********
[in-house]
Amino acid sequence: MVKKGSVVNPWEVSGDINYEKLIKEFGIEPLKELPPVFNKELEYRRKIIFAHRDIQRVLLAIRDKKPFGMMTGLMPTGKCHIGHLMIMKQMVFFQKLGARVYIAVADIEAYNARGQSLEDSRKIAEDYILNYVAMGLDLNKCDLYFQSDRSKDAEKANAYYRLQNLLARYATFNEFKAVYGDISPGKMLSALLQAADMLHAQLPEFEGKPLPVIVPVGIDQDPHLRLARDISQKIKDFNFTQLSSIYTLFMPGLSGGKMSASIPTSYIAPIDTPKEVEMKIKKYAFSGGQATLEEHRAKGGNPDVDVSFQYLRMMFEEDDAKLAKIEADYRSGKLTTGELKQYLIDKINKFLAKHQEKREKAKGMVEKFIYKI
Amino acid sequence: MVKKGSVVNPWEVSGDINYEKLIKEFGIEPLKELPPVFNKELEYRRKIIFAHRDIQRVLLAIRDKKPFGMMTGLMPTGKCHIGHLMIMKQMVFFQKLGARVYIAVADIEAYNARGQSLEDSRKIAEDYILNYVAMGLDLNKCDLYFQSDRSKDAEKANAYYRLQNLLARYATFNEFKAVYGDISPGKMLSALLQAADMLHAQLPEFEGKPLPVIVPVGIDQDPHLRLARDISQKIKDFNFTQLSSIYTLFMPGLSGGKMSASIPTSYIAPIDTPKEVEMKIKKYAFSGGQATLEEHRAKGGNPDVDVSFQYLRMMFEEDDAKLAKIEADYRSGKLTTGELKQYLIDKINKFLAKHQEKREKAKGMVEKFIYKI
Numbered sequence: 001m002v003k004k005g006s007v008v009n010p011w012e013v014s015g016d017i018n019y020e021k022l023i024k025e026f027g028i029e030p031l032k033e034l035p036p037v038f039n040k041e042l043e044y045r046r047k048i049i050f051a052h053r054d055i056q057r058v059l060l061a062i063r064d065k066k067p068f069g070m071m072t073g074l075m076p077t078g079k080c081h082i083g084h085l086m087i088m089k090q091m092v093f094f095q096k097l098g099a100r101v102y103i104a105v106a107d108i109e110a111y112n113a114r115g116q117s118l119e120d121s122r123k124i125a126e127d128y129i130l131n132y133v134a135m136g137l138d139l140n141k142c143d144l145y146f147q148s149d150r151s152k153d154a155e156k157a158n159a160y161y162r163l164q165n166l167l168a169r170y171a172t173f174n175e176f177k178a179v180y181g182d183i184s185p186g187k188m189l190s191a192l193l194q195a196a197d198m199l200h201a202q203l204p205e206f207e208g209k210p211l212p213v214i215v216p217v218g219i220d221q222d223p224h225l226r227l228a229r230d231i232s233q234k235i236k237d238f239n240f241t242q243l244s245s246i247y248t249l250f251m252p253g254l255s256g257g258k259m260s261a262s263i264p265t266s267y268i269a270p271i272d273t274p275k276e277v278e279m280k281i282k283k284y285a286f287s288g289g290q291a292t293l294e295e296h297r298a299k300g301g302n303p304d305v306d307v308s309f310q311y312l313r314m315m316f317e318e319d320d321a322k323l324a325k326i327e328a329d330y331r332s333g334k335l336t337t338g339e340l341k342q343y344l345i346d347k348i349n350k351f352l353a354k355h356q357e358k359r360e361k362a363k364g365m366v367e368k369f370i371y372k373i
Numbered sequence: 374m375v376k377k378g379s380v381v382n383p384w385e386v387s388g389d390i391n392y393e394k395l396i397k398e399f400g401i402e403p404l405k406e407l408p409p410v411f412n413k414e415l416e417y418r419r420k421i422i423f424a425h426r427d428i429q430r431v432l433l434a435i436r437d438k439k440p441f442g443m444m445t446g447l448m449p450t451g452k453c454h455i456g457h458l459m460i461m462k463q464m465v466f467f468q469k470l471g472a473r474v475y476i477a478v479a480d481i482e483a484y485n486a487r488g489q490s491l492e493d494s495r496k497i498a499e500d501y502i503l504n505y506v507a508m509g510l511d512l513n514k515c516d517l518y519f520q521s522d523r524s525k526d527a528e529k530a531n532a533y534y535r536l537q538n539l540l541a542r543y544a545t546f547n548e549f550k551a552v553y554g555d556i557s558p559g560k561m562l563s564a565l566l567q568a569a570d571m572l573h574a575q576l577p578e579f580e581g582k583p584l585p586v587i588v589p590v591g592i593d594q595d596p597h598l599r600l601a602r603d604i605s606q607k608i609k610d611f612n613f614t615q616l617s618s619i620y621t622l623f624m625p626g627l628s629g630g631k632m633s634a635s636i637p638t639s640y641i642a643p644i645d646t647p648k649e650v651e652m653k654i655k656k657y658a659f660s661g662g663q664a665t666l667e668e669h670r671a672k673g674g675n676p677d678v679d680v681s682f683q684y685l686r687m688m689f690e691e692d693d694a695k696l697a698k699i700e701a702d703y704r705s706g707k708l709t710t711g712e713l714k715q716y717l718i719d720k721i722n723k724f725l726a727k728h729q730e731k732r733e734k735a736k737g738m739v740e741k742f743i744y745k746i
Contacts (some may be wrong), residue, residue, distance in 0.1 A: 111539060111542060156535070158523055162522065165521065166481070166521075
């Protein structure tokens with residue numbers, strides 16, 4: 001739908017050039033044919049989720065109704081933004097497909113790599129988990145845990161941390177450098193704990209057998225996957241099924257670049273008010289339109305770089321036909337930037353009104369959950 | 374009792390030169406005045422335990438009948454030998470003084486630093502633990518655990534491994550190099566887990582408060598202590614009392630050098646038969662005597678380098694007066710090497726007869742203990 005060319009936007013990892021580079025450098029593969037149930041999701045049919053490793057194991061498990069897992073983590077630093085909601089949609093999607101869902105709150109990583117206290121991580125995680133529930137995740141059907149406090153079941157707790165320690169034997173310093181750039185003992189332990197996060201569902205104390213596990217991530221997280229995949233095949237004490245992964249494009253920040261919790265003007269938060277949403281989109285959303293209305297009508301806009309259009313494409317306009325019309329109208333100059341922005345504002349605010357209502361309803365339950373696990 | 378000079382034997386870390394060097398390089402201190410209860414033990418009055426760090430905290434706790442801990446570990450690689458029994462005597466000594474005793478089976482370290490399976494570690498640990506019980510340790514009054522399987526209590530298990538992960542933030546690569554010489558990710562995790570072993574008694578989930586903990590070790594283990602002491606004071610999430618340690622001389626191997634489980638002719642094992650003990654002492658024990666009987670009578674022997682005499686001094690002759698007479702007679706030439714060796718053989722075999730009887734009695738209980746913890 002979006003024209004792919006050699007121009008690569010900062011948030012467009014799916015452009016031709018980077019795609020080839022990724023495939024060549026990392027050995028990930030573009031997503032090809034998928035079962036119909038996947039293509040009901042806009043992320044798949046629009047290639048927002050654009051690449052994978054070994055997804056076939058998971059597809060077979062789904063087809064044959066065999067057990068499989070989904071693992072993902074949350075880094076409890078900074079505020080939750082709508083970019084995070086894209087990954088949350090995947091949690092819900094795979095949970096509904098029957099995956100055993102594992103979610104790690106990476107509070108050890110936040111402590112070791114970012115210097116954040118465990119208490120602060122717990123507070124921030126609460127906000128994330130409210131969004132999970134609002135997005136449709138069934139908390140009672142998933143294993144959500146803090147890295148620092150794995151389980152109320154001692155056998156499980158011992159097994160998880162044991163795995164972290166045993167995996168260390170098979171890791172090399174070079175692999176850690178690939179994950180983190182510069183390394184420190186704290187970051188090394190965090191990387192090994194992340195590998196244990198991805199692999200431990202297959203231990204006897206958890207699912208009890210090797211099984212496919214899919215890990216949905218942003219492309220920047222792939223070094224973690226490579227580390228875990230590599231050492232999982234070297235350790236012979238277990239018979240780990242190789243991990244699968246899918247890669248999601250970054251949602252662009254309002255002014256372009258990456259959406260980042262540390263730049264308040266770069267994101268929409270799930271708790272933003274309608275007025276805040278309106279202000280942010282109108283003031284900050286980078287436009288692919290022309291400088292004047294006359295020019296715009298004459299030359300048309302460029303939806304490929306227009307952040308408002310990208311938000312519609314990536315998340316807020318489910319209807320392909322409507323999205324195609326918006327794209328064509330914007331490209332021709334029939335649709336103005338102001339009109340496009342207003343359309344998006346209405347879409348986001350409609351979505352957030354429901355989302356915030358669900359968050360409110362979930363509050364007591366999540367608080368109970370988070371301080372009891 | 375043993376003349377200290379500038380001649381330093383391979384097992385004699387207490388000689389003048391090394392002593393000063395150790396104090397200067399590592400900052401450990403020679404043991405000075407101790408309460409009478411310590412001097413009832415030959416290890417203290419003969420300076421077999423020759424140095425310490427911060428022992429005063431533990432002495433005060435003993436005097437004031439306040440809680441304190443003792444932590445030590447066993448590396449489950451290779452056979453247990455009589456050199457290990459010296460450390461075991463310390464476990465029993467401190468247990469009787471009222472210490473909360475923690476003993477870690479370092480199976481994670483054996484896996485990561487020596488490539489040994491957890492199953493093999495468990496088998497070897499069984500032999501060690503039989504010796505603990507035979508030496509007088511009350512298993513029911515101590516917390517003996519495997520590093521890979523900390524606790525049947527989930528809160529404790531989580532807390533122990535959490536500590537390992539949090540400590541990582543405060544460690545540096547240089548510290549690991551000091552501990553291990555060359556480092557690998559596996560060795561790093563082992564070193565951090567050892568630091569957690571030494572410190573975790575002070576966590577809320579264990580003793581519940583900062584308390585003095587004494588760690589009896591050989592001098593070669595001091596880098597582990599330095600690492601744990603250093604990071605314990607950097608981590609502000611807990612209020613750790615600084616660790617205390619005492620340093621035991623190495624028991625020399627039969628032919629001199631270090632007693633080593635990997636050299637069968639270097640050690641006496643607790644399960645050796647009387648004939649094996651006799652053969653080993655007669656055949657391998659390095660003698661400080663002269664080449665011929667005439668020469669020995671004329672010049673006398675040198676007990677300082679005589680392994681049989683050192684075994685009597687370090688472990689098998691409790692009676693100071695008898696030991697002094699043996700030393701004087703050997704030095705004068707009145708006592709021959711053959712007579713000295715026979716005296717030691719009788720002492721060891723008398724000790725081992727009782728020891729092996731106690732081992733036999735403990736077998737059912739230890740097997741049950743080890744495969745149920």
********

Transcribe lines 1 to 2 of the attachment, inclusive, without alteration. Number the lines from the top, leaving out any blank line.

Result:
[in-house]
Amino acid sequence: MVKKGSVVNPWEVSGDINYEKLIKEFGIEPLKELPPVFNKELEYRRKIIFAHRDIQRVLLAIRDKKPFGMMTGLMPTGKCHIGHLMIMKQMVFFQKLGARVYIAVADIEAYNARGQSLEDSRKIAEDYILNYVAMGLDLNKCDLYFQSDRSKDAEKANAYYRLQNLLARYATFNEFKAVYGDISPGKMLSALLQAADMLHAQLPEFEGKPLPVIVPVGIDQDPHLRLARDISQKIKDFNFTQLSSIYTLFMPGLSGGKMSASIPTSYIAPIDTPKEVEMKIKKYAFSGGQATLEEHRAKGGNPDVDVSFQYLRMMFEEDDAKLAKIEADYRSGKLTTGELKQYLIDKINKFLAKHQEKREKAKGMVEKFIYKI